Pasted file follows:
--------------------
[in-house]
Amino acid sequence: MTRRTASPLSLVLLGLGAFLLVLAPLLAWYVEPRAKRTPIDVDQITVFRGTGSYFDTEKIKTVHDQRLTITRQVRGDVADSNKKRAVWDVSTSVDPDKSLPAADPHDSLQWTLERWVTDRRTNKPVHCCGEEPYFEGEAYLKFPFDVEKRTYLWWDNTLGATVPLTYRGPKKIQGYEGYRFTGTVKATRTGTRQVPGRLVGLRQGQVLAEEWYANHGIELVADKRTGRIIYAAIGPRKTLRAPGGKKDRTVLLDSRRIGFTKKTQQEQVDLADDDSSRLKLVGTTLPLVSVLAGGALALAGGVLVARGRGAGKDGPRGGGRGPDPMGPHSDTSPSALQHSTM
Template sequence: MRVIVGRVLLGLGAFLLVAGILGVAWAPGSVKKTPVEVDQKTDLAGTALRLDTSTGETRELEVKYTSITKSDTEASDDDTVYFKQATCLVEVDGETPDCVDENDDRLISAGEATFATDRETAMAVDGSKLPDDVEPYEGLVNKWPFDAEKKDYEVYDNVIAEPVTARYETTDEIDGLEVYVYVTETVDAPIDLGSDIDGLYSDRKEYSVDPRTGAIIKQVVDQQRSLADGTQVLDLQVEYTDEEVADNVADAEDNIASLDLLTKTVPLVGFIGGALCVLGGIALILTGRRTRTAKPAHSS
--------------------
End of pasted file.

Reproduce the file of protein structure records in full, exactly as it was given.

[in-house]
Amino acid sequence: MTRRTASPLSLVLLGLGAFLLVLAPLLAWYVEPRAKRTPIDVDQITVFRGTGSYFDTEKIKTVHDQRLTITRQVRGDVADSNKKRAVWDVSTSVDPDKSLPAADPHDSLQWTLERWVTDRRTNKPVHCCGEEPYFEGEAYLKFPFDVEKRTYLWWDNTLGATVPLTYRGPKKIQGYEGYRFTGTVKATRTGTRQVPGRLVGLRQGQVLAEEWYANHGIELVADKRTGRIIYAAIGPRKTLRAPGGKKDRTVLLDSRRIGFTKKTQQEQVDLADDDSSRLKLVGTTLPLVSVLAGGALALAGGVLVARGRGAGKDGPRGGGRGPDPMGPHSDTSPSALQHSTM
Template sequence: MRVIVGRVLLGLGAFLLVAGILGVAWAPGSVKKTPVEVDQKTDLAGTALRLDTSTGETRELEVKYTSITKSDTEASDDDTVYFKQATCLVEVDGETPDCVDENDDRLISAGEATFATDRETAMAVDGSKLPDDVEPYEGLVNKWPFDAEKKDYEVYDNVIAEPVTARYETTDEIDGLEVYVYVTETVDAPIDLGSDIDGLYSDRKEYSVDPRTGAIIKQVVDQQRSLADGTQVLDLQVEYTDEEVADNVADAEDNIASLDLLTKTVPLVGFIGGALCVLGGIALILTGRRTRTAKPAHSS